The states can and should band together to rein in the national debt by amending the U.S. Constitution, a conservative group’s constitutional scholar told lawmakers Wednesday.
“We see a dangerous concentration of power in Washington,” said Nick Dranias, director of the Center for Constitutional Government at the Goldwater Institute, an independent watchdog group that promotes limited government and free enterprise.
Dranias told the Senate Committee on Government Reform that the solution lies in a resolution that would make Arizona one of 34 states that would have to petition Congress to call a national convention on an amendment requiring that a majority of state legislatures approve any plan to increase the federal debt.
As one of two avenues outlined in Article V of the U.S. Constitution, Congress must call a convention on amending the Constitution when two-thirds of states agree one is needed. Ratifying an amendment would require approval by three-quarters of states.
“There is no doubt that the check and balance provided by our dual sovereignty is on the ropes,” Dranias said. “The founders of the U.S. anticipated this problem, and the solution was built into the Constitution.”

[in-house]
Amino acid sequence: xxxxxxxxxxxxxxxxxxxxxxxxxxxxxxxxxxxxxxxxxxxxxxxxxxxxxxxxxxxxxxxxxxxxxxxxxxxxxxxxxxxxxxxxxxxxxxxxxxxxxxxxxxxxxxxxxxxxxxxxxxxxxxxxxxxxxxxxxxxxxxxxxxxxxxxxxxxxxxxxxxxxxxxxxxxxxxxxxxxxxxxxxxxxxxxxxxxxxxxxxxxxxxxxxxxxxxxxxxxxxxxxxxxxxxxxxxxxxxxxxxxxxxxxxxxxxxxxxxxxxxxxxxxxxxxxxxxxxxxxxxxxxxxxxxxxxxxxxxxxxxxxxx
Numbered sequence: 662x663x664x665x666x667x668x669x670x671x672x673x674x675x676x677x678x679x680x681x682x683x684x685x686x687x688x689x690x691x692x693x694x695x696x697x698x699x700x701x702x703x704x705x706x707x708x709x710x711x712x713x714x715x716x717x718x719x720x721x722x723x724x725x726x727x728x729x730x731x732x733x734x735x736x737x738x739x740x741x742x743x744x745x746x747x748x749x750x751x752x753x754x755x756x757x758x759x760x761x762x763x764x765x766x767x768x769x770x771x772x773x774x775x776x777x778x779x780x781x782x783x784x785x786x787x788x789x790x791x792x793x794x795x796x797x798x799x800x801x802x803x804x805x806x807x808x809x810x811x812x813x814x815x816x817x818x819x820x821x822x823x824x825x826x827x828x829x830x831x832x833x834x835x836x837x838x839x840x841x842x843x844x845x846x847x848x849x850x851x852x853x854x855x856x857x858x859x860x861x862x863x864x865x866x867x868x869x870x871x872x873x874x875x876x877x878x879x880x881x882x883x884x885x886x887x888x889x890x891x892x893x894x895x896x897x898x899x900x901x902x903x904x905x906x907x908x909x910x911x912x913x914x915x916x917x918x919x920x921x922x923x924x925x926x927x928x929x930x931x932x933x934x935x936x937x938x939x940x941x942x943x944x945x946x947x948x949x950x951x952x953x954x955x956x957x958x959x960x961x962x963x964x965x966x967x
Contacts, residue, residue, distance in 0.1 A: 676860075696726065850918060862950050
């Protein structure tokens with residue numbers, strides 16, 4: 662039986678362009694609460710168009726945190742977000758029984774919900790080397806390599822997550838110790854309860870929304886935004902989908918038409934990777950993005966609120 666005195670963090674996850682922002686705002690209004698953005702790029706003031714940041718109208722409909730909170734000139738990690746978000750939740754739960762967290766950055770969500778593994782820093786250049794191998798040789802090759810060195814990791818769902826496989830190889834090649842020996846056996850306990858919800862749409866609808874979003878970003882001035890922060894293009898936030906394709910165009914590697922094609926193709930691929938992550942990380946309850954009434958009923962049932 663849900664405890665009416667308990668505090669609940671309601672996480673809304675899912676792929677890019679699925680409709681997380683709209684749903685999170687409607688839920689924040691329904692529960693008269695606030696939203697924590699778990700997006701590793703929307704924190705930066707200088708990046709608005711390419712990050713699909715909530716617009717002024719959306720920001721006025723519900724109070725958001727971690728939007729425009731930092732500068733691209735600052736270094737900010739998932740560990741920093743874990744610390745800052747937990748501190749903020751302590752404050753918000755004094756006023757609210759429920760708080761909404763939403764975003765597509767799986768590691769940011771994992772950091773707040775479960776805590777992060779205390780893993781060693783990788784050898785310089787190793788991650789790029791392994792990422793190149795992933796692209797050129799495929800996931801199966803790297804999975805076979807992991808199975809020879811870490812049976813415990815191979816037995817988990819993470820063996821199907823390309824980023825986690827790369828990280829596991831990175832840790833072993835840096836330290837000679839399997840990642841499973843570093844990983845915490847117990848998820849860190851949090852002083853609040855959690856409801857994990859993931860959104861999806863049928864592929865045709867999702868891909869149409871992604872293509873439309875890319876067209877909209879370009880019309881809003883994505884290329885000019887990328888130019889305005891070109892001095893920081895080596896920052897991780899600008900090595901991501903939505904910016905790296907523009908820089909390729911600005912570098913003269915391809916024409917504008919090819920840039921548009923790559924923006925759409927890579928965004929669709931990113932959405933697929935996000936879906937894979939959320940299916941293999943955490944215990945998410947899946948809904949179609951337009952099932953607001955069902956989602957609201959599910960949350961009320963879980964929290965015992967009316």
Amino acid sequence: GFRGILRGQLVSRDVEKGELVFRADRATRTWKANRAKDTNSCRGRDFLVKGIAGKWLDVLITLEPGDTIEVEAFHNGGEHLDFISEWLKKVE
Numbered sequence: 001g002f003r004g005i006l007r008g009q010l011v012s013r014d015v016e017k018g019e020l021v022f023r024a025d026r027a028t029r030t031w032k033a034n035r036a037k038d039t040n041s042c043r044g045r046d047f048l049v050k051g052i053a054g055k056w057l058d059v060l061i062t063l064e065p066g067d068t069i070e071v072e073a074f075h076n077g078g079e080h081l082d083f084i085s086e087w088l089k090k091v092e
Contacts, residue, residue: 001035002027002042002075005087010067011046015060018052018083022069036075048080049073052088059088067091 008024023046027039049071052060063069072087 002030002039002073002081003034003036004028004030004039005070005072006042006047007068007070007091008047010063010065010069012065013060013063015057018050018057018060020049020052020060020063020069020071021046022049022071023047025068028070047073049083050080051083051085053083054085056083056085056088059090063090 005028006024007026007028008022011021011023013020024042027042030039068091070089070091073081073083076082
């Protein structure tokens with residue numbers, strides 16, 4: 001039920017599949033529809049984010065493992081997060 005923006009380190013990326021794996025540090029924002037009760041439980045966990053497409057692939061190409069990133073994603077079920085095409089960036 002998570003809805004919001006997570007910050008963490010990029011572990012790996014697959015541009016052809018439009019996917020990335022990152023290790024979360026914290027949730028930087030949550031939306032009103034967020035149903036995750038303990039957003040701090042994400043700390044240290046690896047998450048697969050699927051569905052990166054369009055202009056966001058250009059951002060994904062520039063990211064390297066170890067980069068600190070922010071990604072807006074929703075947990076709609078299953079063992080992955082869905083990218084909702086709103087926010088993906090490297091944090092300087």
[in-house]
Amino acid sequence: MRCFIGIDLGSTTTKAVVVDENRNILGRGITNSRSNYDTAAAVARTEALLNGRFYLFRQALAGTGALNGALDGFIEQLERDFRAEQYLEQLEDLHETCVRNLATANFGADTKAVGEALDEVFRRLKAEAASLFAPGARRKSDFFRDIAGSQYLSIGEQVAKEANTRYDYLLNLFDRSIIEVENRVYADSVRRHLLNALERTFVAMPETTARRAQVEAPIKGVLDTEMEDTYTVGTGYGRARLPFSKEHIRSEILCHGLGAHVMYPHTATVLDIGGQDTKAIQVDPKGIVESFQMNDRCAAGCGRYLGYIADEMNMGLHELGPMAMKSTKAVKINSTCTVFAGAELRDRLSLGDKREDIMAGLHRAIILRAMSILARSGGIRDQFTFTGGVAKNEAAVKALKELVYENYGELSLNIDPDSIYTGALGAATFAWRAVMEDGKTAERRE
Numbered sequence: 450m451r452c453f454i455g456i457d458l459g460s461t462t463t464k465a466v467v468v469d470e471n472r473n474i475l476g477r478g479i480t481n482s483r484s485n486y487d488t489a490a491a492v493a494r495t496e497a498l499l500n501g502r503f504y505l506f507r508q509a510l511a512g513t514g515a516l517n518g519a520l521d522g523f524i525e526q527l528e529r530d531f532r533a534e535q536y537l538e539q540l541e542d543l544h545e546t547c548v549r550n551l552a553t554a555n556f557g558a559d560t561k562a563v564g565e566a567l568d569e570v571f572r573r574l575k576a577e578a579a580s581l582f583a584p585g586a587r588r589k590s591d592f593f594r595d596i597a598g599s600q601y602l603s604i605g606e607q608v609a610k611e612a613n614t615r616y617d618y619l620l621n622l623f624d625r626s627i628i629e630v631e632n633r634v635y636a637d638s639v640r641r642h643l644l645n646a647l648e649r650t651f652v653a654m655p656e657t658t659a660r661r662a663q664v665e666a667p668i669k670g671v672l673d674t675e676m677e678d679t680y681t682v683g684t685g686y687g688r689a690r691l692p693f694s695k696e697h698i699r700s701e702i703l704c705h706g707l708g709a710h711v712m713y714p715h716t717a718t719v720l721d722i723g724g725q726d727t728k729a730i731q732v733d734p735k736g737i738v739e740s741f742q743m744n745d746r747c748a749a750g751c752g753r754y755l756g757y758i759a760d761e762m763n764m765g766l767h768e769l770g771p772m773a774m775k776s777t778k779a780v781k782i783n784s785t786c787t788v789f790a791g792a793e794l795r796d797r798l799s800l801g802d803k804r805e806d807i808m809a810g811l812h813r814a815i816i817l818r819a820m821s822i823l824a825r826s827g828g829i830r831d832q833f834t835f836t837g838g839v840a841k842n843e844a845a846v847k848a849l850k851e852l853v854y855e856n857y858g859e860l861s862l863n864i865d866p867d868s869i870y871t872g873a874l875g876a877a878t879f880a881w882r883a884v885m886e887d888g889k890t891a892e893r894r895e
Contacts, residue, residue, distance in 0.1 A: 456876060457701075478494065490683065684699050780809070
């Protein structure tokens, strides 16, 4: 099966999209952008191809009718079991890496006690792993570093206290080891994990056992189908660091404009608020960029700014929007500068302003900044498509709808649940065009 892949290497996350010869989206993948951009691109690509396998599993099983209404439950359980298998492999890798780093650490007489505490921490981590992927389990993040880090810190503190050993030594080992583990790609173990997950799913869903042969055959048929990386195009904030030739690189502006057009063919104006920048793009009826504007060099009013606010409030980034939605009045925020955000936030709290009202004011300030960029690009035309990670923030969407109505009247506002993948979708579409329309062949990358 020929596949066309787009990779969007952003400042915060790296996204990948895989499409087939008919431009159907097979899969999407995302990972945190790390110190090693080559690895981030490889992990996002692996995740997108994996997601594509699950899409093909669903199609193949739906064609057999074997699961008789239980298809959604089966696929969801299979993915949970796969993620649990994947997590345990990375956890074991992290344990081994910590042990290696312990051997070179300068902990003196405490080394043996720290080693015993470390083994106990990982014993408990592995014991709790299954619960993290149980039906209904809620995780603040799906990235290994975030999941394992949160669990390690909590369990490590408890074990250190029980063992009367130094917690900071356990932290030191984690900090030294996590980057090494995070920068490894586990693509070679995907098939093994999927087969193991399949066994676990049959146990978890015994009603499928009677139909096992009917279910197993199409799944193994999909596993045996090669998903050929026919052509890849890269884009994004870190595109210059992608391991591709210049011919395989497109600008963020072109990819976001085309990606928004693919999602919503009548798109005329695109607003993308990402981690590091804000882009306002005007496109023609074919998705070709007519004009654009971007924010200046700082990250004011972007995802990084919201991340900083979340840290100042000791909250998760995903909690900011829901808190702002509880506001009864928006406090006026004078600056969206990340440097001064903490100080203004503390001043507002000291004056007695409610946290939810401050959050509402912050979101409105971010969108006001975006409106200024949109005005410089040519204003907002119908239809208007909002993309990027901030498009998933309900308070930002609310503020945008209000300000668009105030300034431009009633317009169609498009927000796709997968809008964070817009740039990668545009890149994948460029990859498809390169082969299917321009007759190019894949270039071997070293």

The committee voted 4-1 to endorse SCR 1005, authored by Sen. Linda Gray, R-Phoenix. The measure is similar to one that failed during last year’s legislative session.
Gray said it’s important that states step up to address the nation’s debt because Congress is failing to act.
“There’s no denying we have a runaway debt that’s choking out America and the future of our children,” she said.
Glenn Hughes, chairman and co-founder of RestoringFreedom.org Inc., a Texas-based nonprofit focused on addressing the federal debt, said a constitutional amendment is the way to avoid economic calamity. He co-wrote the measure and is urging legislatures to approve it; so far, North Dakota and Louisiana have, he and others said.
“We’ve looked at many solutions but arrived at this one, which we feel is a step in the right direction,” Hughes said.
Curtis Olafson, a Republican state senator from North Dakota who drove the effort in his state, told the committee that a convention is “the only option left.”
“Americans are rightly frustrated with what’s happening in our country, and they’re looking for a solution,” he said.
Sen. Steve Gallardo, D-Phoenix, who voted against the measure, complained that supporters haven’t approached Democrats to discuss their views.
“There are a lot of bills to tend to, and this one has already come through and failed,” he said. “Until there’s a fair discussion outside of a hearing there will continue to be a partisan divide.”
Provisions of Article V:
• Congress will call a national convention on amending the constitution upon approval by two-thirds of each house or upon petition by two-thirds of states.
• Ratifying amendments from such conventions requires approval by three-quarters of states.